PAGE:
Now that I am finally a dual citizen, Mike is eligible for a Carta di Soggiorno. This Carta is for people who are allowed to stay in Italy indefinitely, such as anyone married to an Italian citizen. The card is good for 5 years and can be renewed after that. Once you have the Carta di Soggiorno you are then eligible to sign up for the National Health service. I will have to blog about that experience as well.
We knew we had to go to the Questura to apply for the Carta, but weren't sure of exactly what kind of documentation was required. To be absolutely sure we were following the correct procedure, we made an appointment at the Immigration office here in Venice.
The man at the Immigration office provided us with a list of documents we'd need to produce:
--My Carta d'Identita
--My certificate of Residence here in Venice
--Our new Italian marriage certificate
--Mike's US Passport
--Bank statements indicating we had sufficient means of support
--A declaration made by me indicating Mike was my husband and that the purpose of the request for the Carta was to keep the family together ( this declaration was a form provided by the Immigration office)
With the required documents in hand, we set off for the Questura in Marghera. We don't live far from Piazzale Roma, so that was an easy walk to the bus station. We knew which bus we needed ( the 6/, same one we take to go to the Panorama), but needed to have the bus driver point out the correct bus stop to get there. The driver called out the stop, and we, along with about 15 other people, got off the bus. Fortunately for us someone in the line had obviously been to the Questura before, so we were able to follow them as they made their way in and out of a few streets.
It was 8am and raining. Already there was a long line waiting at the Questura. Well, not quite a line, more like a mass of people. There's an unusual procedure to get people into the place-- you wait in this first line, until 8:30. At 8:30, they open the gate, and people begin pushing like crazy to get into the next line. I've never seen anything like it. It was as if none of these people had any concept of personal space. And we were all in a line which was only going one place. Even if we all had 6 inches to ourselves ,it wouldn't have amounted to any difference in the time it took to proceed in the line until we got to the front.
After making our way to the front of the line, it's your turn to talk to the man at the intake window. He reviews your documents, determines if you have the correct items, and hands you a number. This number determines your position in the next queue. Then you go inside the Questura and wait until your number is called. We got in the building at 9 am, and it took until almost noon for us to have our number called.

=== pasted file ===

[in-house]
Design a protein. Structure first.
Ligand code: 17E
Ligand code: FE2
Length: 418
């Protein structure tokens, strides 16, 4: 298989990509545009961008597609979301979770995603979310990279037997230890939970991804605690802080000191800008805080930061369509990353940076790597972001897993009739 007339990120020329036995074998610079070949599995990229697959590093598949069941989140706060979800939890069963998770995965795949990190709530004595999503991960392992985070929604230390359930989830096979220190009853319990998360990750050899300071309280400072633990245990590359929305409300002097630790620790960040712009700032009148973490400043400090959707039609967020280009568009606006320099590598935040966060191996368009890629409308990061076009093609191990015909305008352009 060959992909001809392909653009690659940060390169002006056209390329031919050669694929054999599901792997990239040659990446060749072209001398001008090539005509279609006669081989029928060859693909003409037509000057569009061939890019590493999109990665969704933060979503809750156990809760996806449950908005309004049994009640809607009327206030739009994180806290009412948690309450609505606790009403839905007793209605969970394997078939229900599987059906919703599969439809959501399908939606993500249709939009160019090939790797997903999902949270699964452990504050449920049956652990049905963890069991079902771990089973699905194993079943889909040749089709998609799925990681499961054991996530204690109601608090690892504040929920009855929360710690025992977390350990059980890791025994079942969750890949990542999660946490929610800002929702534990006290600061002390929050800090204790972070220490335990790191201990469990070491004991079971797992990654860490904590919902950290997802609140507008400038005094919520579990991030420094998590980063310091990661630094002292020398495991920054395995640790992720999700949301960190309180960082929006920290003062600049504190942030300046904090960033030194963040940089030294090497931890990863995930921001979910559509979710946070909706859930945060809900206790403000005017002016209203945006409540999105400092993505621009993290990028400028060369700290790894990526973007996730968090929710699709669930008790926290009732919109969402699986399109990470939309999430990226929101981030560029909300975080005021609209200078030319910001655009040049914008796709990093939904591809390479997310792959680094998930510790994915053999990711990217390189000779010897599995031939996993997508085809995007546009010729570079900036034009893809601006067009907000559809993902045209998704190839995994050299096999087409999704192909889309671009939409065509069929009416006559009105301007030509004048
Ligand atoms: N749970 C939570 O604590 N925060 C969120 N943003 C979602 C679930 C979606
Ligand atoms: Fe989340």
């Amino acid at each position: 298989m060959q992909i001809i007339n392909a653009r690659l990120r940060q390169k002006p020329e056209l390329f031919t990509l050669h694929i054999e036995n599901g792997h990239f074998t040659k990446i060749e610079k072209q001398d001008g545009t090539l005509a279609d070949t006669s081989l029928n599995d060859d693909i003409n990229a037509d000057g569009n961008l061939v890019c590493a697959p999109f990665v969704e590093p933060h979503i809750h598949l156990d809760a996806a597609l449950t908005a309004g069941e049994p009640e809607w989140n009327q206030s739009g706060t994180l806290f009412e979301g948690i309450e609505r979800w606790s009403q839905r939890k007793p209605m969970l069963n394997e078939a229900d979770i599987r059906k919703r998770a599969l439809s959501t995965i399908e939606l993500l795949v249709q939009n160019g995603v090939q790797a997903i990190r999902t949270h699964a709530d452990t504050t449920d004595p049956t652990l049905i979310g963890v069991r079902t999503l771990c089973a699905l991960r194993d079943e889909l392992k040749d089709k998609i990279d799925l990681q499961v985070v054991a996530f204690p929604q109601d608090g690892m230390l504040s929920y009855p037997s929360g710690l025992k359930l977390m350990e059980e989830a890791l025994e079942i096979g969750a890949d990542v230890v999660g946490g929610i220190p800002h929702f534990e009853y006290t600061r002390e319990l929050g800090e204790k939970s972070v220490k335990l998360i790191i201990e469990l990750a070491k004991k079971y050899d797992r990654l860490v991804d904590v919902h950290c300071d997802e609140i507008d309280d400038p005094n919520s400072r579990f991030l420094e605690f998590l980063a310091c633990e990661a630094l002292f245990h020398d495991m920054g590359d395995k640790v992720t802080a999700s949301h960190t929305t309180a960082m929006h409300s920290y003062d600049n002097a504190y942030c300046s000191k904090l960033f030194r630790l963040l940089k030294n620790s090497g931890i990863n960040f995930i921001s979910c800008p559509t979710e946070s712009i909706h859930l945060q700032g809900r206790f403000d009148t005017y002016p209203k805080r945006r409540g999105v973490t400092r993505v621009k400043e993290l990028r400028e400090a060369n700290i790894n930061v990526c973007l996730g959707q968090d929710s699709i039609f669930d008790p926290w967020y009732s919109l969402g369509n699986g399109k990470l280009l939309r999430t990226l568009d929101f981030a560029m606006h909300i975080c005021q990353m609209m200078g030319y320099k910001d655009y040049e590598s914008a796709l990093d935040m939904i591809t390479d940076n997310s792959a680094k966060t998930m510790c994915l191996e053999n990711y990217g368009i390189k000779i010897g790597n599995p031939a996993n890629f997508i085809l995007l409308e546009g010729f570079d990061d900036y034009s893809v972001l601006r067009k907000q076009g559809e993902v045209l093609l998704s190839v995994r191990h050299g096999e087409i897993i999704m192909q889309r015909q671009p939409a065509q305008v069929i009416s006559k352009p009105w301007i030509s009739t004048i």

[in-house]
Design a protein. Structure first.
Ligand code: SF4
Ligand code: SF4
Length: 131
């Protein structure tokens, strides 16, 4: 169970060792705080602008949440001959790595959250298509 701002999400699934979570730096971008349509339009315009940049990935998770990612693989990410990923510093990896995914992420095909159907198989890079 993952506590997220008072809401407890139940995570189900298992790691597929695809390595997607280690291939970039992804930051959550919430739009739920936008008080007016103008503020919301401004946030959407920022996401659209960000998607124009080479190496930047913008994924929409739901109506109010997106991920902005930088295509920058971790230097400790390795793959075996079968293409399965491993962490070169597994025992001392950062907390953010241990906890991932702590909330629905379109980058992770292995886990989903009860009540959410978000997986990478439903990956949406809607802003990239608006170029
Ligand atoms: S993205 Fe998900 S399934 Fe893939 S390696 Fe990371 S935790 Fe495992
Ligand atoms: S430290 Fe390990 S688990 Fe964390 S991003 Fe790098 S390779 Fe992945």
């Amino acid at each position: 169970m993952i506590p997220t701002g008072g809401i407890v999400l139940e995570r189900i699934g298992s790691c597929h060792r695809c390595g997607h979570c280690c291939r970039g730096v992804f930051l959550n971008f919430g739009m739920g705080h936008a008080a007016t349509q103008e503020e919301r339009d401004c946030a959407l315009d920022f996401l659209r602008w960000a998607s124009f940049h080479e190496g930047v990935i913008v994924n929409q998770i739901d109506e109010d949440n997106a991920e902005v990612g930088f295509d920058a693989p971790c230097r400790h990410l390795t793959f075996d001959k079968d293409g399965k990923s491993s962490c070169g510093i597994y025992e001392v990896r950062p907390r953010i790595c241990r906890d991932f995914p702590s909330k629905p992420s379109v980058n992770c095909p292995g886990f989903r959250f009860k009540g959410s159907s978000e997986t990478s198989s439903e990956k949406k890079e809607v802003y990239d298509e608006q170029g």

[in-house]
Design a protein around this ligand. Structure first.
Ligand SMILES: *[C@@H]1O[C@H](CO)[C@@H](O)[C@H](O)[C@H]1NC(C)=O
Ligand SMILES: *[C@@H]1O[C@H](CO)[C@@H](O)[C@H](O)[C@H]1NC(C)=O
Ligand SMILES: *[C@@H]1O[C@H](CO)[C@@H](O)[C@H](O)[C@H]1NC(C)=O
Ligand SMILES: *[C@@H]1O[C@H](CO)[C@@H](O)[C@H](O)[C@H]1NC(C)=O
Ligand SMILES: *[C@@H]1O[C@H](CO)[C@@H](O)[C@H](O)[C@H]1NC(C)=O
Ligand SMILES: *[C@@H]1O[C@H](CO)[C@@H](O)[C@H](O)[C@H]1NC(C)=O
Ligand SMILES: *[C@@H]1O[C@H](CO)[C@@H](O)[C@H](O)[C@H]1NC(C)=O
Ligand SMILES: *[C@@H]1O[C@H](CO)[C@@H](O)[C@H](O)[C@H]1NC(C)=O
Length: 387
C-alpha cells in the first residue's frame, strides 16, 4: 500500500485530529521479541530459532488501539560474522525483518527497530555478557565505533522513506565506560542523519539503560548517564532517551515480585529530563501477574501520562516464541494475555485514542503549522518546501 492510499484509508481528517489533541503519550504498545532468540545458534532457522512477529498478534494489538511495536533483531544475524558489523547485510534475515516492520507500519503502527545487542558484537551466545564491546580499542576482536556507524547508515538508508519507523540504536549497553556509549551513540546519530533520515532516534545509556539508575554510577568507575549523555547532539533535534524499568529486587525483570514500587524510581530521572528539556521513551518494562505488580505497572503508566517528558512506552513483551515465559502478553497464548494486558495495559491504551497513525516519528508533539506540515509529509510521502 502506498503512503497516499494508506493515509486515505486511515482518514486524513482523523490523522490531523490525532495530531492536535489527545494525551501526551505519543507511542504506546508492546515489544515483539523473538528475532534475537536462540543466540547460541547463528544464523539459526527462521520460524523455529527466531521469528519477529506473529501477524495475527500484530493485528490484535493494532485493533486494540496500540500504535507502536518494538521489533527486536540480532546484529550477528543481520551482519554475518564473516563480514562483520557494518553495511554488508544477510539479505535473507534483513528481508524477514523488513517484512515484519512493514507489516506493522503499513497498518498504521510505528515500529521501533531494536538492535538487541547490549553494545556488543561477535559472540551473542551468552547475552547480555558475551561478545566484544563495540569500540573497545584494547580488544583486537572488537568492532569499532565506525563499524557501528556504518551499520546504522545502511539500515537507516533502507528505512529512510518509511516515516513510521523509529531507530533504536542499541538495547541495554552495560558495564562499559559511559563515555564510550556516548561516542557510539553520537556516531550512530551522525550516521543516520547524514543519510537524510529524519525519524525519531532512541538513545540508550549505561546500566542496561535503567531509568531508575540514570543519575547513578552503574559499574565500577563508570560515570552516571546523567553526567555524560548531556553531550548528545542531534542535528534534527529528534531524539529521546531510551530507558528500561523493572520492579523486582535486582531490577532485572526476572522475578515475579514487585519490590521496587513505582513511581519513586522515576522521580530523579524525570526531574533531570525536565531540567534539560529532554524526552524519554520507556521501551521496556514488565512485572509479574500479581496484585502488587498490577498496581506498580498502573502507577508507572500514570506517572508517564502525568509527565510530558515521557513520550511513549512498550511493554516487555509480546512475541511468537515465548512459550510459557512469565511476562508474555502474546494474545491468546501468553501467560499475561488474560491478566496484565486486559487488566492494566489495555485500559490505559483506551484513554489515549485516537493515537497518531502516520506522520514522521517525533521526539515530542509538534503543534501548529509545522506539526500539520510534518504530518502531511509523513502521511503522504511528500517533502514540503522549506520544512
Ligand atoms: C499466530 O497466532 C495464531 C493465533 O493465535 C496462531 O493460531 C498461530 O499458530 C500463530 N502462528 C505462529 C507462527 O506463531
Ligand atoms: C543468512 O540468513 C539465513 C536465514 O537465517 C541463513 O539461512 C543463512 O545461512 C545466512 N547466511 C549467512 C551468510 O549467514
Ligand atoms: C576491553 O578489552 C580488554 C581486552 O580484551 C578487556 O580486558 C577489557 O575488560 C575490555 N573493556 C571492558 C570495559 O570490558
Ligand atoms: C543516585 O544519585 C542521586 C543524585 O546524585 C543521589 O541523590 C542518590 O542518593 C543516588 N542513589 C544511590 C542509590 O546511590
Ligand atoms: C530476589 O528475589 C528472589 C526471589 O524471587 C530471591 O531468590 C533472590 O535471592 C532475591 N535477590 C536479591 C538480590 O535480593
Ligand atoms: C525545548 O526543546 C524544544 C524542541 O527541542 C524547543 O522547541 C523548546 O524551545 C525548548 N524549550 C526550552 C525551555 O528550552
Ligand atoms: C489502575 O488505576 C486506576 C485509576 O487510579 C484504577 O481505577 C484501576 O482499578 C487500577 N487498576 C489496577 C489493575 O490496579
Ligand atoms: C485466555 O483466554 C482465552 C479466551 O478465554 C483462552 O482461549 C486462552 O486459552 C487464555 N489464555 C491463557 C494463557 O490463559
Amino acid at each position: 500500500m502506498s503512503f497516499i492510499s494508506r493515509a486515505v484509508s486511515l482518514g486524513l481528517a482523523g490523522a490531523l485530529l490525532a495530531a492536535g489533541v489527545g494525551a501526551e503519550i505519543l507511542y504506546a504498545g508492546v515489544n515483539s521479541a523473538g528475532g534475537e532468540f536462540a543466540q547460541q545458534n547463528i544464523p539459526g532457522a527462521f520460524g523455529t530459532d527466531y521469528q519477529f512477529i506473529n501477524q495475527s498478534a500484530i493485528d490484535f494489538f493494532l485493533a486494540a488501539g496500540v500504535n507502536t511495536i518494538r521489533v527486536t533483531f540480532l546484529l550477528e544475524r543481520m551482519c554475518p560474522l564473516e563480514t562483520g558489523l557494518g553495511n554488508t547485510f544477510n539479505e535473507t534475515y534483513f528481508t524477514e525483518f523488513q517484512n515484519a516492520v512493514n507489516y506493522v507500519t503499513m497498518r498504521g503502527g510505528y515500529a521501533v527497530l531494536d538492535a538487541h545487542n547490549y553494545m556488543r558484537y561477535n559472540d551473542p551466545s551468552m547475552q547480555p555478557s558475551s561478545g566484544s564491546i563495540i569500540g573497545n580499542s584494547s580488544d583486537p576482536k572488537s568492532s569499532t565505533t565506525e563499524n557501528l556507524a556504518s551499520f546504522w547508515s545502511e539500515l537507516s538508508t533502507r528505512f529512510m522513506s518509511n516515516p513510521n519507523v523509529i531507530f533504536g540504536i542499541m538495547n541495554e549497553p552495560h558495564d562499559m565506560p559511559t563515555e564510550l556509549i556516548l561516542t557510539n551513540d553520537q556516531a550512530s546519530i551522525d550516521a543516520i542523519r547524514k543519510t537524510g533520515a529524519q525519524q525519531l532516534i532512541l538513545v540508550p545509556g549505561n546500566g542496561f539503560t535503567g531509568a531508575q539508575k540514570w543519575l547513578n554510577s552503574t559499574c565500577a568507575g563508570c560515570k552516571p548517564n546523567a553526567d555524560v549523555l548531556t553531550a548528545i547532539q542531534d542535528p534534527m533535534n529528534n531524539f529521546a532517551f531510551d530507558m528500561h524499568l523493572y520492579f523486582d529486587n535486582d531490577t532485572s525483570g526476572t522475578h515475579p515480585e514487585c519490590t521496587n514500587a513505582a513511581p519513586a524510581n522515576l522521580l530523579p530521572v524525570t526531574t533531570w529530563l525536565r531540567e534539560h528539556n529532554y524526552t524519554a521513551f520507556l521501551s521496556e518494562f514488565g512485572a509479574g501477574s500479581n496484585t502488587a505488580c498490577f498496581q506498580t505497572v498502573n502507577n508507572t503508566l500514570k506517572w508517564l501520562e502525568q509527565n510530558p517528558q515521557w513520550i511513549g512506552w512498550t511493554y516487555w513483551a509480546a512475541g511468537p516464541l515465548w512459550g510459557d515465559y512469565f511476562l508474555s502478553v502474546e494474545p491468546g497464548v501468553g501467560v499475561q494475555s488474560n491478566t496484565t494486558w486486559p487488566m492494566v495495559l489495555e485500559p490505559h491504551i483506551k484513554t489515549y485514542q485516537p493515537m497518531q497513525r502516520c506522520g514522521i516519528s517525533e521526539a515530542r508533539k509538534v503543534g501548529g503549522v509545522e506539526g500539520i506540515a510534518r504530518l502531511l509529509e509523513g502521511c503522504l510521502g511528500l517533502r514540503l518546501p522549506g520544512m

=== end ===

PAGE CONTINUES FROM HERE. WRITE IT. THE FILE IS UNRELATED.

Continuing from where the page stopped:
Our number was 34, in the yellow queue. There were several other queues, all different color codes. While sitting in the waiting room, a little boy about 5 years old ,who was sitting a few seats from mine, threw up. If that were my child, I would have made a mad dash for outside, or the rest room. I was horrified that his parents didn't move a muscle. And they only cleaned the mess up after someone else nearby yelled at them to do it. I felt sorry for the man sitting next to me. He obviously couldn't take that, he had to hide his eyes and turn away. Oh,the joys of waiting at the Questura!
When it was our turn, we were interviewed by a guy behind a counter. He took all our documents, and also asked for the Permission to Stay document Mike had gotten when he first arrived in Venice. That's the one you must get within your first 8 days here. Fortunately I had that in my folder also, cause I would not have wanted to make a return trip. I think we were in there with this man about 10 minutes. He stamped alot of papers, stapled Mike's photos to them, and told us to go 2 doors down to the Fingerprint office. That 10 minutes was pretty incredible, as we were seeing wait times of up to half hour for each person going into that office. Wow, this was almost too easy!
At the Fingerprint office, we waited in another line. This took forever also, but only because everyone working in that office went out for a cigarette break for about 20 minutes. Once they came back from the break, things proceeded quickly. Finally we were done. I looked at my watch as we boarded the bus back to Venice and it was almost 1:30.
If you need to go to the Questura, I highly recommend you get all your documents in order before you go, and be prepared to sit for a long time. Next time I will bring a book. And yes, there will be a next time. Mike was granted a temporary Carta. He must return in 3 months to pick up his permanent one.